Video games are linked to higher intellectual functioning in children, new research finds.
In addition, the more children played video games, the better adjusted they were at school.
The findings come from a study of children aged 6-11.
Researchers found no link between mental health and video game use.
They did find, however, that video game use was linked to better relationship with their peers.
Dr Katherine M. Keyes, one of the study’s authors, said:
“Video game playing is often a collaborative leisure time activity for school-aged children.
These results indicate that children who frequently play video games may be socially cohesive with peers and integrated into the school community.
We caution against over interpretation, however, as setting limits on screen usage remains and important component of parental responsibility as an overall strategy for student success.
Naturally, an association cannot show that computer games have a causative effect. Future research is required…
The study was published in the journal Social Psychiatry and Psychiatric Epidemiology (Kovess-Masfety et al., 2016).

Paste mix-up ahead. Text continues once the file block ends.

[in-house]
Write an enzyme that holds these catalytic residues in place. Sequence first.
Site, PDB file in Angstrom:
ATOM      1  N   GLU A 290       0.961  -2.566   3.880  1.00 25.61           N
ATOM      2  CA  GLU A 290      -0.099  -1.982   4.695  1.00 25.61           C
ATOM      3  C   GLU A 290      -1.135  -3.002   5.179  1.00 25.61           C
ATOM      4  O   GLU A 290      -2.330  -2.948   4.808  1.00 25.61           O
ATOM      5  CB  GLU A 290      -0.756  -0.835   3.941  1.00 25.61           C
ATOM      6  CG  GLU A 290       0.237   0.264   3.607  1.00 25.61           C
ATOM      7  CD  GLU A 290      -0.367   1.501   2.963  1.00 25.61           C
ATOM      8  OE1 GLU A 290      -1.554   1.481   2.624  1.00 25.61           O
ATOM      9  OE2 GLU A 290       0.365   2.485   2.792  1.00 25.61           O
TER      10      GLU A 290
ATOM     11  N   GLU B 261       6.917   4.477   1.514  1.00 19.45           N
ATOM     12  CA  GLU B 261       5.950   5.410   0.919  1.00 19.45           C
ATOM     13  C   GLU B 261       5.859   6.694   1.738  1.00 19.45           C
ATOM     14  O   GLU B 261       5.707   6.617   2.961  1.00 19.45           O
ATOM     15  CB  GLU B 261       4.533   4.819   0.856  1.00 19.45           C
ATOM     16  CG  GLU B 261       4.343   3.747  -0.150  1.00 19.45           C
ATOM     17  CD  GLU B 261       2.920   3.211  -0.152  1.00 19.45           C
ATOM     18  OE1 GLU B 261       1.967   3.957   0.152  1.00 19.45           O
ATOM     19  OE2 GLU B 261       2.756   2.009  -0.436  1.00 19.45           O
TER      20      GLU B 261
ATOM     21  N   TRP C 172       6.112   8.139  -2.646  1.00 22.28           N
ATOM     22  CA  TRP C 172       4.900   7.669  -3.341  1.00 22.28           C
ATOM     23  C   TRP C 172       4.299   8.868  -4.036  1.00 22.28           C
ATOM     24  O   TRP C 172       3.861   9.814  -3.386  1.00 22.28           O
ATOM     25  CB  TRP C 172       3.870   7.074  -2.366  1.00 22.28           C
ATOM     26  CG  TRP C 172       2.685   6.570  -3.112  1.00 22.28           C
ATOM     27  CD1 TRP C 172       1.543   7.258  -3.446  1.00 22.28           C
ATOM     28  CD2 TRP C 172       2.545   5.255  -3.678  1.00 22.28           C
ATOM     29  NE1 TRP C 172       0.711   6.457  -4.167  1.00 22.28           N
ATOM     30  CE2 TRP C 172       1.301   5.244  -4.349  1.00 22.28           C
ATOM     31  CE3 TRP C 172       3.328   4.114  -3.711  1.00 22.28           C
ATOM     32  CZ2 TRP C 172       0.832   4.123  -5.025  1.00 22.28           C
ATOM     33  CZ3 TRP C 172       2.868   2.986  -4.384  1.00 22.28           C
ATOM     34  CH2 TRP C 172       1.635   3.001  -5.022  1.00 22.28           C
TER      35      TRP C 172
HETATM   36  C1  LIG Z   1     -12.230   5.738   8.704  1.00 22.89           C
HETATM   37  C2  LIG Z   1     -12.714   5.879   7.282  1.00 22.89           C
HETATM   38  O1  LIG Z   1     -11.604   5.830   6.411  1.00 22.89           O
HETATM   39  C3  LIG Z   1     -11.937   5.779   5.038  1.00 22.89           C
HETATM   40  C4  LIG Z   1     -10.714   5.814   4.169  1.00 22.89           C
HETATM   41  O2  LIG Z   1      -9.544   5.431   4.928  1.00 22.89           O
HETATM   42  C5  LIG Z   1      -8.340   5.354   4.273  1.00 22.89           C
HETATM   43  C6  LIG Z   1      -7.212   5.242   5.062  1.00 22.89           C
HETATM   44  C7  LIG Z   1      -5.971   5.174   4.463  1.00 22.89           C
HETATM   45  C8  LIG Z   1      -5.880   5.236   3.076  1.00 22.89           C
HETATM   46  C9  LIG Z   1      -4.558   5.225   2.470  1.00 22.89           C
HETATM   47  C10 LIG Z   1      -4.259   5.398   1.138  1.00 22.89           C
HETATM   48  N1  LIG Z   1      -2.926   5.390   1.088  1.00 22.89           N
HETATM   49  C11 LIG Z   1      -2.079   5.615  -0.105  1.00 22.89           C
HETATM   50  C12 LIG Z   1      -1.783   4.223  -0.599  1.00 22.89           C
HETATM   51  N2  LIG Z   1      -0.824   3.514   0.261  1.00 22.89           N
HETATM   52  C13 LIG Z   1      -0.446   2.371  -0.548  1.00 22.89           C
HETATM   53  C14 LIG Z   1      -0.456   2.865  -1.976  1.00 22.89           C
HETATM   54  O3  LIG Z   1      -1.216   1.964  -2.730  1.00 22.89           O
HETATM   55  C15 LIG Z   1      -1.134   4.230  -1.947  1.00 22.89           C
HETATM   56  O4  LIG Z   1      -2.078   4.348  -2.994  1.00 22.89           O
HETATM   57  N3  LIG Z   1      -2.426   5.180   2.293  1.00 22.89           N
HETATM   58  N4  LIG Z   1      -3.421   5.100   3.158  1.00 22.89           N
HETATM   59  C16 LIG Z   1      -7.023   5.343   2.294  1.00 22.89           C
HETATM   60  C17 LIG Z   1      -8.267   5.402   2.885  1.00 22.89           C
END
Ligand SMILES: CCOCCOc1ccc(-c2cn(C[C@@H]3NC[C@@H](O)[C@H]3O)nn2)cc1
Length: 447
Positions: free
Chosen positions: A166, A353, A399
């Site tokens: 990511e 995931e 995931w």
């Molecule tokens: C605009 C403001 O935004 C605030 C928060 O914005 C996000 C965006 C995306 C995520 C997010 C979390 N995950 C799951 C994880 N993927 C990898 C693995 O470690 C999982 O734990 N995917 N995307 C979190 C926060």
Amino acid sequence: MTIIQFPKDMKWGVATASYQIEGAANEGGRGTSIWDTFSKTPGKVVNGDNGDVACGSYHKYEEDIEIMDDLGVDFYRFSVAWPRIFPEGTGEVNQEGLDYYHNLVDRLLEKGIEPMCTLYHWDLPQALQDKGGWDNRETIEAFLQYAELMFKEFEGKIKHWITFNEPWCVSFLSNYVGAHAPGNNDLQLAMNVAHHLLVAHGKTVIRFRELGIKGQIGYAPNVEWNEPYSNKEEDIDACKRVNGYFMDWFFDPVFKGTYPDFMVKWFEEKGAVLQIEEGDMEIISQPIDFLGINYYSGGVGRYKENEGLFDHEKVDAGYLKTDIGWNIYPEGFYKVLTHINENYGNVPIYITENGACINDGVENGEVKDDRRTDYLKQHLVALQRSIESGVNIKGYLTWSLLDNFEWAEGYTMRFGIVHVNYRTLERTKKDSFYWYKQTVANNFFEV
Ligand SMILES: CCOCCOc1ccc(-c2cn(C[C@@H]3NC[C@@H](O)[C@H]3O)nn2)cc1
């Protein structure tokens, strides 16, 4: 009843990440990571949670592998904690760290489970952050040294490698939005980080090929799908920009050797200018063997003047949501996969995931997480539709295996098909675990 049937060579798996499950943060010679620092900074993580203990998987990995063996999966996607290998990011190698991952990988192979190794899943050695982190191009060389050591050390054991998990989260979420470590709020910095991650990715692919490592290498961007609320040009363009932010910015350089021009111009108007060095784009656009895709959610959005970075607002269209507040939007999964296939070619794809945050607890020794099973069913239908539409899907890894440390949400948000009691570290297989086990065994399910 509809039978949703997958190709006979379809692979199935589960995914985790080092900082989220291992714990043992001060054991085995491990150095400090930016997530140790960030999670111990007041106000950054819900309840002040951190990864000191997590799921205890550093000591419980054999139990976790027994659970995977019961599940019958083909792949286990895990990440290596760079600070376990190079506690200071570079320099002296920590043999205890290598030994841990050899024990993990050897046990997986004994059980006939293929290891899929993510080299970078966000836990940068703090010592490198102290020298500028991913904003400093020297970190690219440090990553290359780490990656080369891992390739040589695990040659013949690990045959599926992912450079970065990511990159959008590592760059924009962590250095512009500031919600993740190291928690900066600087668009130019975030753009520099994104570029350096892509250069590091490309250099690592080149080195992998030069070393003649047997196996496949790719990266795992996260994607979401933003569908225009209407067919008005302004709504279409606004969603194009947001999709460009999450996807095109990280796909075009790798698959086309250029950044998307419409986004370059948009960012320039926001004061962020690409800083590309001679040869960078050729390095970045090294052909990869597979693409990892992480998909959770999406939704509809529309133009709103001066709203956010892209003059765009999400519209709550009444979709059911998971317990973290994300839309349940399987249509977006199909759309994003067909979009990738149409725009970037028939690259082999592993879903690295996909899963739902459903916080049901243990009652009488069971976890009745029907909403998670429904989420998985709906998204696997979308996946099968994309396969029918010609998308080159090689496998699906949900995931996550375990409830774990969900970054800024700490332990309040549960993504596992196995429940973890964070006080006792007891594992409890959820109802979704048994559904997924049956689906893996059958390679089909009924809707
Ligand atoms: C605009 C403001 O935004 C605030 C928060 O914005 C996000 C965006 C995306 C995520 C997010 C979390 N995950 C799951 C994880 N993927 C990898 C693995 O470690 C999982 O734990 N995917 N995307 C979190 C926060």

About the author
Psychologist, Jeremy Dean, PhD is the founder and author of PsyBlog. He holds a doctorate in psychology from University College London and two other advanced degrees in psychology.
He has been writing about scientific research on PsyBlog since 2004. He is also the author of the book “Making Habits, Breaking Habits” (Da Capo, 2003) and several ebooks:
- Accept Yourself: How to feel a profound sense of warmth and self-compassion
- The Anxiety Plan: 42 Strategies For Worry, Phobias, OCD and Panic
- Spark: 17 Steps That Will Boost Your Motivation For Anything
- Activate: How To Find Joy Again By Changing What You Do
Video games image from Shutterstock